An email of two aphorisms
The structure of Sūtra and Bhāshya
A common characteristic of a good TED talk and a non-fiction book is that they can bridge the knowledge asymmetry between the speaker and the audience, the writer and the reader, the learned and the learner.
A good speaker will begin with an example, a question or a statement that lays down the theme and objective of the talk. Writers explain their motivation and the objective of the subject matter in the preface of the book. (It’s recommended not to skip the preface!)
In the Indian philosophical system of Sūtra and Bhāshya, the first two aphorisms lay down the objective and definition of the subject matter.
As we learned earlier, each Indian philosophical school originated in a particular Sūtra. These were then analysed and commented on by various thinkers to form elaborative systems in texts called Bhāshya (भाष्य) (commentaries or expositions).
The first aphorism announces the subject of the treatise.
It usually has the following form:
“Now, commences <verb> of <subject>”.
The verb can be teaching/inquiry/investigation.
For example, the first verse of the Yogasūtra says,
“Now, the teachings of Yoga are presented.”
The first aphorism of the Brahma Sūtra:
अथातो ब्रह्मजिज्ञासा ॥१.१॥
Now, then, is the inquiry into the Brahman
We see the same treatment in Mīmāṁsā Sūtra:
अथातो धर्मजिज्ञासा ॥१.१॥
Now, then, is the inquiry of duty (Dharma)
With the subject announced in the first sutra, the author proceeds with the second aphorism to define the nature of the subject.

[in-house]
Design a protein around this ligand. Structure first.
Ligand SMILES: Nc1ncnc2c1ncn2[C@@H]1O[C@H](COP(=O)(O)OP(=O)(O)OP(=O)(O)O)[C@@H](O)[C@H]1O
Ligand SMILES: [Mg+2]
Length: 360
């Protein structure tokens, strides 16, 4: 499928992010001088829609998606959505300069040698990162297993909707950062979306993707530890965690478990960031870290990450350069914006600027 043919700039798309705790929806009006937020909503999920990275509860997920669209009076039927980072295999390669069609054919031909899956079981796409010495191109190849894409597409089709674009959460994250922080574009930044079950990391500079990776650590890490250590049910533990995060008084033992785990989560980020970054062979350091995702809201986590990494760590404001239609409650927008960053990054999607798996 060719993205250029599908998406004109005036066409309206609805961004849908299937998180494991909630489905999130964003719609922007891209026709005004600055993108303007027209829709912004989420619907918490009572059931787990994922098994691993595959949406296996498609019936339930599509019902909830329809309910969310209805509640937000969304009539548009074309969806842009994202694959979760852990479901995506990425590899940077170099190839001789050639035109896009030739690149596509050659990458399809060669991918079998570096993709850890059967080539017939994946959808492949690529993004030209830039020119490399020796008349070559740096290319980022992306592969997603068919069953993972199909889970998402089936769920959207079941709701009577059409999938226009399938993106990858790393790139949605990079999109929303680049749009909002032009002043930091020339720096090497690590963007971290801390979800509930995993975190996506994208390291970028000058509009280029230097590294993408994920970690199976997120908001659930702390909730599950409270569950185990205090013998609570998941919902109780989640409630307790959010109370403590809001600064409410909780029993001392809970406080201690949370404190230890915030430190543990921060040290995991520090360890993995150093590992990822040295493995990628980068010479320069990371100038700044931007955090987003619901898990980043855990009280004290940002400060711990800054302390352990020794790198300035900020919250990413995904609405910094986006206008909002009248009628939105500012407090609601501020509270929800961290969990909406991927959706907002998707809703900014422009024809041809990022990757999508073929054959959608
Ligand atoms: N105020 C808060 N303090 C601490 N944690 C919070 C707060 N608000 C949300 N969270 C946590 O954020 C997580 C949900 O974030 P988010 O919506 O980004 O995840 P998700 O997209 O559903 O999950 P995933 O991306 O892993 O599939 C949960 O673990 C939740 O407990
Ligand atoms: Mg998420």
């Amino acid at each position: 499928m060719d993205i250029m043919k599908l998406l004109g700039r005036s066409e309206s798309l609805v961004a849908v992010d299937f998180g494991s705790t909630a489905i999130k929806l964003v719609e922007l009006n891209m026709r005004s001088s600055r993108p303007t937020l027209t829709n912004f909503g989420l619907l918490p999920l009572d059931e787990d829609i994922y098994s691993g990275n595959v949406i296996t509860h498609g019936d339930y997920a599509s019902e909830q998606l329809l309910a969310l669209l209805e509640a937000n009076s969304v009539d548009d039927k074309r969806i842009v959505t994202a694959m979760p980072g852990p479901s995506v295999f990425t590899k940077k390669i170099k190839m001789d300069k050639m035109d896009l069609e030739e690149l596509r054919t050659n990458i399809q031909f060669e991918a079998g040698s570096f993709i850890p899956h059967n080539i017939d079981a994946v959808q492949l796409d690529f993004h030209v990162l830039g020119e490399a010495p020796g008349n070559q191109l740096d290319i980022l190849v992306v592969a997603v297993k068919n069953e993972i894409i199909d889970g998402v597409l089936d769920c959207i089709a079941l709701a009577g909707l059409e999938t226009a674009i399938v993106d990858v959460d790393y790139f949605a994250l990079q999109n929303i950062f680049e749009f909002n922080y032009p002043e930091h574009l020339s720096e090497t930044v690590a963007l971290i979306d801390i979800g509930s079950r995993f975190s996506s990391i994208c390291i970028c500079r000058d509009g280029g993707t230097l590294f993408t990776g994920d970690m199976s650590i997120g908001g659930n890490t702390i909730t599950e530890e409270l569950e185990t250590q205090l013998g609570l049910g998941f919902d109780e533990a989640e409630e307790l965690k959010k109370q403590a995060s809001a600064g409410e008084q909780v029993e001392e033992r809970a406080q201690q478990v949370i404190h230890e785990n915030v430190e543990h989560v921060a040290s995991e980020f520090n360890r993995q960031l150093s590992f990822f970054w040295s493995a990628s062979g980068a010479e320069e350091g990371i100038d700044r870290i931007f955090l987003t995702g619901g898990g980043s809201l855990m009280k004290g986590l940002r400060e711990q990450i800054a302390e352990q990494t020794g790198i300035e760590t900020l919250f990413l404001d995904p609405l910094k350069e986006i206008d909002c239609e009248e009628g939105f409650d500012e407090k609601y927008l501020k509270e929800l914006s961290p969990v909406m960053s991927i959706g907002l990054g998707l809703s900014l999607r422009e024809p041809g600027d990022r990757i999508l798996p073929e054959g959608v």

Patanjali defines Yoga in the second aphorism of Yogasūtra:
Yoga is the stilling of the changing states of the mind.
In Brahma Sūtra, Bādarāyaṇa gives a function description of the Brahman.
जन्माद्यस्य यतः ॥१.२॥
The Brahman is that from which comes the origin, preservation, and destruction o this world.
And in Mīmāṁsā Sūtra, Jaimini describes duty:
चोदनालक्षणोअर्थो धर्मः ॥१.२॥
The duty is an object distinguised by a command.
With a clear announcement of the subject and its nature, the Sūtra continues with a systematic categorisation, explanation, and importance of the subject matter in the remaining chapters.
Sūtra, the canonical collection of aphorisms for a particular school, is divided into chapters (adhyāya, अध्याय), with each chapter further divided into sections (pāda) and pāda divided into topics (adhikarana, अधिकरण). The topics contain a sentence (topical text) that describes the subject for investigation (visaya vakya, विषय वाक्य).
In a Bhāshya (commentary on Sūtra), the sentence is further investigated to give a rigorous philosophical argument:
A doubt is raised to decipher the correct meaning or interpretation of the sentence (samasya, समस्या)
A prima facie view is presented (purva paksha, पूर्व पक्ष)
This view is then refuted (uttar paksha, उत्तर पक्ष)
Finally, the conclusion is established (niranaya, निर्णय)
With this structured and logical approach, students acquired an in-depth understanding of the subject. It also helped them develop their philosophical aptitude, which was required in refuting the claims of other schools in a formal debate (Vāda, वाद).
While a systematic exposition of work is the norm in academia, it’s incredible how much we can learn from Sūtras to present our ideas in an orderly, logical, coherent and comprehensible way.